• It’s a starting point to further research. We’ll show you a New Ancestor Discovery if you share significant amounts of DNA with multiple members of a DNA Circle—which means you might also be related to the ancestor that the DNA Circle is built around. These hints can be a great starting point for your research and help you connect to other family members you didn’t know you had.
You know I wish you would have said that from the very beginning Mr. Freestone. It would have saved me and many others hours of research trying to figure out how to get those people in our family trees. So promotion of this new tool still gets an "F."
Now for the silver lining in all this. My father's DNA page has since picked up three more of these "new ancestor discoveries" people. The original couple and one of my dad's new ones still has not panned out to date.
But one couple did! Up front I will tell you that if I had not done some paper trail research on my one known ancestor (John Hurt) several years ago in the South Carolina state archives, this match might have gone unnoticed as well. No records available at Ancestry helped me uncover this until now missing wife of John Hurt, my 4th great grandmother. The initial research done in South Carolina made all the difference in the world. So with this DNA circle match and the paper research, it all ultimately let me knock down a long standing female ancestral brick wall.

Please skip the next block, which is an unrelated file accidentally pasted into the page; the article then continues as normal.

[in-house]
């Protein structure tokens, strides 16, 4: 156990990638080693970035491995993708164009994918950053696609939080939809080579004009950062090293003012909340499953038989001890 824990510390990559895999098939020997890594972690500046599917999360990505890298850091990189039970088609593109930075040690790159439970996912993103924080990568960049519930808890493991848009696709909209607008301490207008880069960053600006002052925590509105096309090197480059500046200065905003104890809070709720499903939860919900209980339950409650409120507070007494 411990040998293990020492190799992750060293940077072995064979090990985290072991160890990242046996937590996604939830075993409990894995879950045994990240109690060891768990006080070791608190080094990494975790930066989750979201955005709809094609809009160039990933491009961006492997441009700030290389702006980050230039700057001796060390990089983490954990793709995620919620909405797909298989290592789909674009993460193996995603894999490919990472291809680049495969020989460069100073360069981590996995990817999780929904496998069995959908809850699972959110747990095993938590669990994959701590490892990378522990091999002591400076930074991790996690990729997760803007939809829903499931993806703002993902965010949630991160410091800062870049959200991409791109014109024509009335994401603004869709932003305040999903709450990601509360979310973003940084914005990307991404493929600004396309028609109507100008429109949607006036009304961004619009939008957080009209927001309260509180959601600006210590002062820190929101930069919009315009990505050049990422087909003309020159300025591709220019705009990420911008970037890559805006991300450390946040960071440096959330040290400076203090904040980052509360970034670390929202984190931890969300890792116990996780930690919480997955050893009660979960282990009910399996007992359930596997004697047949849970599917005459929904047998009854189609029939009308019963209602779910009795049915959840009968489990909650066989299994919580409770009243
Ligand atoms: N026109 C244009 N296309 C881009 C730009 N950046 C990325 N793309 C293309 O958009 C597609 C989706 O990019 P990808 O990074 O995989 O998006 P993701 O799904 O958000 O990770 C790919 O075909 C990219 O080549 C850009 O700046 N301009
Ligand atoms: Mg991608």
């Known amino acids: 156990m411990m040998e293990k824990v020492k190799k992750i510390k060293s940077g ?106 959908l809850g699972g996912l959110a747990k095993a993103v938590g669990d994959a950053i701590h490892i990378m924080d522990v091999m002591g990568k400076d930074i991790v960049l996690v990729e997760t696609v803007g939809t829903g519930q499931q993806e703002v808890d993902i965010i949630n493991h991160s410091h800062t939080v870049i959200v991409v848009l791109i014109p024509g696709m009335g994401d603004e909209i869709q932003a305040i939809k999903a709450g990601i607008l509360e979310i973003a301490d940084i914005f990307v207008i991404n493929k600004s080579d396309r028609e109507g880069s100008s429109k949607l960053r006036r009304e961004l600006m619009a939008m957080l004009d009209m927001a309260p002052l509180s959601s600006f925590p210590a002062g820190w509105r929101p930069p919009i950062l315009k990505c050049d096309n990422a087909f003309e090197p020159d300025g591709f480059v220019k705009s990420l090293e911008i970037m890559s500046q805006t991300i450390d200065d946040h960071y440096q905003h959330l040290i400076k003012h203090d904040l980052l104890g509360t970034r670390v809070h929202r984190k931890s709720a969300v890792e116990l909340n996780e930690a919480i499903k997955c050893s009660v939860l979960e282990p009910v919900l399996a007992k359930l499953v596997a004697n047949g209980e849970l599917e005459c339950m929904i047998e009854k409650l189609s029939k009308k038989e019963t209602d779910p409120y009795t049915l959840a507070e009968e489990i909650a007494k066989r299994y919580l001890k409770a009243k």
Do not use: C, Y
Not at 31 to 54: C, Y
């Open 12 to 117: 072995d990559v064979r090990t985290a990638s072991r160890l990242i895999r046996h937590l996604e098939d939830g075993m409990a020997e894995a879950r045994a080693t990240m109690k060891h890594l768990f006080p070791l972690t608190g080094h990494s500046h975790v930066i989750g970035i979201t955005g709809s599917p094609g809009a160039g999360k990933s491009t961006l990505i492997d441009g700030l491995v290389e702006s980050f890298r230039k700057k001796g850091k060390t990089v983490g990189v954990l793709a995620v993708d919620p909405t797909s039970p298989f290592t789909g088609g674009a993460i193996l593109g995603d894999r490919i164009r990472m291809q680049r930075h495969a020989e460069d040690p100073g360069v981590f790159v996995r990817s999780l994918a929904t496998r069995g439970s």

The description given for John Lynch was my first good clue on where to look in my tree to see where he might fit.

"John Lynch was born on January 24, 1780, in Spartanburg, South Carolina. He was married in March 1806 in his hometown. He died on March 5, 1863, in Gainesville, Texas, having lived a long life of 83 years."

Given the range of relationship that the others in DNA circle had to him, I only had one line that runs through Spartanburg SC. I knew that we had to be dealing with a family associated with my John Hurt, a paternal 4th great grandfather. As it turns out these people above weren't ancestors, but in fact this Jhn Lynch was a 4th great grand uncle and his wife.